During a panel discussion sponsored by the International Center for Law and Religion Studies
on Tuesday, Senator Mike Lee (R-Utah) argued that religious freedom has thrived in the United States because "we are a nation of heretics."
Lee was one of several guest speakers at the event called "Fulton, Pavez, and the future of Religious Freedom in the Americas," which centered on two religious freedom cases.
"In a country like ours, in the United States of America, basically everyone falls into this [religious minority] category in one way or another, at one time or another," Lee said as he discussed how unjustified governmental force could undermine the religious freedom of religious minorities.
"One of the reasons why religious liberty has been able to flourish here is because we are a nation of heretics. We were founded by heretics, and we breeded (sic) more heretics," the senator asserted. "And I am one of them, and I am proud to be one," Lee, who is a member of The Church of Jesus Christ of Latter-day Saints, quipped.
"That's how you foster religious freedom. You learn to respect heresy. Because people have a right to believe and worship and otherwise exercise their religious freedom in the manner that they deem fit."
In an interview with The Christian Post regarding his comments on fostering religious freedom by accepting heresy, Lee was asked how he believes the rising number of religious "nones" in America could impact religious freedom.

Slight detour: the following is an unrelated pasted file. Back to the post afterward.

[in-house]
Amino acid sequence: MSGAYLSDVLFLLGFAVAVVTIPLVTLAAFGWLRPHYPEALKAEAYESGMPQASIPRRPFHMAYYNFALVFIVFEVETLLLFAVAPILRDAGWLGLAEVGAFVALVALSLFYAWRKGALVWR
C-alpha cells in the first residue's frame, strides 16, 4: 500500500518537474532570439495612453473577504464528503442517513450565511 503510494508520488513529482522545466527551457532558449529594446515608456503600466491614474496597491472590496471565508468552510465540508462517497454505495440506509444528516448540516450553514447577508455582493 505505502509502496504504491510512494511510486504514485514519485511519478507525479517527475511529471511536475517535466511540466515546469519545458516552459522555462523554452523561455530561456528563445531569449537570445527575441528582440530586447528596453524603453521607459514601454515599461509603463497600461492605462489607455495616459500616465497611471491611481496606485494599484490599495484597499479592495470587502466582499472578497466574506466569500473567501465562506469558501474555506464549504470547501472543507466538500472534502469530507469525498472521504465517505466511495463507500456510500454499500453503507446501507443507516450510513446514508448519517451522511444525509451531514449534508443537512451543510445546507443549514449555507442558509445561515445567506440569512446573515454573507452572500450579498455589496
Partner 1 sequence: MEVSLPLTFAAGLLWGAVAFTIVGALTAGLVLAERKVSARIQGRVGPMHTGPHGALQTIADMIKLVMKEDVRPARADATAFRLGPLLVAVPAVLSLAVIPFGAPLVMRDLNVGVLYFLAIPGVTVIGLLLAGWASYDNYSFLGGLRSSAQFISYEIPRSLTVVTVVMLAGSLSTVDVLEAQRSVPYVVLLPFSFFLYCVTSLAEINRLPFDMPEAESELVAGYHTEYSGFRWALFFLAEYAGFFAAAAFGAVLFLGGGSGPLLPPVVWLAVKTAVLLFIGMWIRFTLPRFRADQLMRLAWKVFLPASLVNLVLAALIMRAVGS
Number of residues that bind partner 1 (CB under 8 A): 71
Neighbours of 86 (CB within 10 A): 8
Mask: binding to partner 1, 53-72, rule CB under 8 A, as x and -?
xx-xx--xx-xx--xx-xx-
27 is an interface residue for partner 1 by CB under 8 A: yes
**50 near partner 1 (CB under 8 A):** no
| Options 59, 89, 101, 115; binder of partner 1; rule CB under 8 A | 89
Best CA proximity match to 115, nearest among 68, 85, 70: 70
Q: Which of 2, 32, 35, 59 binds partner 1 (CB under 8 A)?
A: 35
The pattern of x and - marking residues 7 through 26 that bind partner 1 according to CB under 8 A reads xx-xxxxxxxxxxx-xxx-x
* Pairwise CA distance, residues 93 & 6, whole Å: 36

Lee responded, noting that he believes it is "important to outline" religious liberty from the beginning "and agree that we're going to defend it, agree that the principle needs to be defended, regardless of its popularity."
"As religious people, he continued, "those of us who are religious, [we] also have to understand that as more people count themselves among the non-religious, we become as a group even more of a minority. Each one of us, who belongs to a different sect of purported heretics, becomes even more heretical."
Lee then noted that it is important to "stake out" the principle of religious freedom early because "beliefs that are mainstream generally don't have to be litigated because generally, government will defer to those because governments don't want to run afoul of what the majority of people think."
At Tuesday's event, panelists discussed two major religious freedom cases, Fulton v. City of Philadelphia and Sandra Pavez v. Chile.
In Fulton v. City of Philadelphia, the U.S. Supreme Court unanimously ruled that Catholic Social Services cannot be excluded from its foster care program because the group would not place children with same-sex couples due to their religious beliefs.
Sandra Pavez v. Chile centered on Sandra Pavez, a Chilean religion teacher, who was fired from Cardenal Antonio Samoré Municipal School in 2007 for entering into a same-sex relationship.
Pavez took legal action, but the Chilean high court ruled in favor of the school in 2008. The former teacher later appealed to the Inter-American Court of Human Rights, which heard arguments in March.
Photo courtesy: ©Getty Images/Pool
Milton Quintanilla is a freelance writer. He is also the co-hosts of the For Your Soul podcast, which seeks to equip the church with biblical truth and sound doctrine. Visit his blog Blessed Are The Forgiven.